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If you want to operate normal household appliances in a mobile home, caravan, truck, or car, you need a voltage of 230 volts – and a voltage converter of 12V > 230V for this. Also known as inverters, power converters. Mitsubishi Air Compressor
But wait, that’s not entirely true. Standard mobile homes can use 230 volts – but only as long as they are plugged into the mains. The 230V sockets (usually) only work when standing alone. So if you want to use your usual equipment, you need a voltage converter for the motorhome
The terminology in first: what is a voltage converter?
It has many names: inverter, voltage converter, current converter, and AC-DC converter. Then there are direct current converters (DC-DC converters).
A voltage converter transforms current into the desired voltage. And is mostly used where power comes from the 12 volt battery (or 24V) and needs to be consumed with a device with a different voltage (usually 230V). There are certainly other areas of application (e.g. photovoltaics), but we are concentrating on the electricity that is stored in a mobile home battery, which is present in the onboard network of a caravan, mobile home, truck, or car.
What does an inverter do ? Most touring vehicles have a 12V battery installed in the living area. So it’s about converting this 12V DC voltage into 230V AC voltage. This is exactly what a inverter does. And I can then plug the desired device into this and consume the converted electricity.
Do i need a voltage converter?
Wait, do you need it? For almost every device with 230 volts, there is an alternative with 12 volts
You can say that it works without 230V – as long as 12 volts and gas (or diesel or an oven) are available because everything intended to generate heat or cold consumes a relatively large amount of electricity. And apart from the 12 V fridge, it won’t be easy. The 12V kettle takes an eternity to boil half a liter of water. There may be 12V air conditioners for motorhomes, but normally you need more electricity to operate them.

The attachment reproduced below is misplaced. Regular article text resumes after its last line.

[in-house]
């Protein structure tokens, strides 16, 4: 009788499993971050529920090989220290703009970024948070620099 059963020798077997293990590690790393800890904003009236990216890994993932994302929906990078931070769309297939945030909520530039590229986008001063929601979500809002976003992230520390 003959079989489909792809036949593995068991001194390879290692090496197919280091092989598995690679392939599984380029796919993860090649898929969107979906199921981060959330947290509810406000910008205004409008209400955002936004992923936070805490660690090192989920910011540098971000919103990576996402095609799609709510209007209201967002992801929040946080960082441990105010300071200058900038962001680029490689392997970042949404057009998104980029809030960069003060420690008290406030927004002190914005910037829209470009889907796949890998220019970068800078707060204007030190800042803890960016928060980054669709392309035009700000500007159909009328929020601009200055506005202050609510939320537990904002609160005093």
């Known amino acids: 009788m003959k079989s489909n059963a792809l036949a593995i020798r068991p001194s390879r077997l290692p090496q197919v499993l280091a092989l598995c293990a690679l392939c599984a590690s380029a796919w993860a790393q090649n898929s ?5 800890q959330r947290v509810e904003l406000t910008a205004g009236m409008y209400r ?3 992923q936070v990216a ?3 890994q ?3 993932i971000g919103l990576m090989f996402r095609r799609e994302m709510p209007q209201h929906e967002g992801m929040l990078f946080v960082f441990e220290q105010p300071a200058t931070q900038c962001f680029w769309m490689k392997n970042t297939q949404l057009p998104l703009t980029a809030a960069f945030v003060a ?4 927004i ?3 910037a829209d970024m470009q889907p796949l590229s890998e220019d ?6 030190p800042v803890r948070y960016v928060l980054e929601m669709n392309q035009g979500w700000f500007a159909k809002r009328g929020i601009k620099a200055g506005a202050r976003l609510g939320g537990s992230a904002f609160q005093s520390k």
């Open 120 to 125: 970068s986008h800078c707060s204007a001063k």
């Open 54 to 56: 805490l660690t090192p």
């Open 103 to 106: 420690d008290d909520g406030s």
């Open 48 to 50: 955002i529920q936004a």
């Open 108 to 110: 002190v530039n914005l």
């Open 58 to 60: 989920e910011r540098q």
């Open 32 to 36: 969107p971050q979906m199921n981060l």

One thing remains to be considered: 12-volt devices are sometimes more expensive. It says “camping” on it, and camping accessories are generally more expensive. So the question arises as to what is more expensive: purchasing a converter or new equipment, especially for mobile homes, trailers, trucks, or cars?
The best example is the 12V compressor refrigerator – unspeakable prices are called here. They cost many times more than normal refrigerators.
Tip: Inverter for the laptop? no
A laptop normally needs about 19V DC. 230V AC voltage comes out of a socket. When we operate a notebook as an inverter, the following happens: the voltage converter converts 12V to 230V, and the notebook power supply converts 230V to 18V. So once up and down, including two losses due to conversion. It doesn’t need that. There are 12V notebook power supplies, some from the manufacturer (e.g. Lenovo), but above all from Hama (with adapter for all laptops) and for Apple. However, please note: our high-performance laptops draw 10 amperes under full load (video editing, playing games).
If the cable behind the 12V socket is 3 meters long and the laptop draws up to 10 amps, then the calculation is 10 amps: 5.5 x 3 meters cable length = at least 5.5mm² cable cross-section. It should therefore be laid 6mm², with longer lines also gladly more.
We have two such laptops at the start, and our 12V cables are too thin – which is why we currently operate them with a 230V inverter. We do that until someone feels like laying new cables. This inverter is 300 watts and has a pure sine wave. It’s only there for laptops and to charge the cordless vacuum cleaner.
Which inverter is right for me?
There are countless voltage converters on the market. So let’s distinguish:
SINE: Modified sine and pure sine wave inverters
VOLTAGE: Voltage converter for 12V to 230V (car), 24V to 230V (truck), 12V to 110V (USA)
Renogy: Power converters with power from 150 watts to 3000 watts (there are even bigger ones)
COMBI: Voltage converters that can convert the current in both directions: 230V > 12V to charge the battery, and 12/24V to 230V, to consume the current. Or for feeding into a power grid (home network).
Sine wave inverters pure or modified sine wave?
Probably the most common starting position at all. The counter-question is always: which coffee machine, a simple one or a capsule/pad machine? Not every inverter turns 12-volt direct current into usable 230-volt alternating current. Especially the cheaper voltage converters only generate a “modified sine wave.” However, many devices require a “pure sine wave.” Otherwise, they either don’t work at all, or only a little bit or they bite the dust.
Ø Functioning with modified sine: non-electronically controlled devices such as toasters, kettles, simple coffee machines
Ø Mostly, but not always: radio, television, laptop
Ø Devices that cannot walk or break: laptop, pad and capsule machines,
Ø Plug in and instantly turn into e-waste: electric toothbrush (or at least the one from Oral B)
Ø (Almost) pure sine wave from the cheap sine wave inverter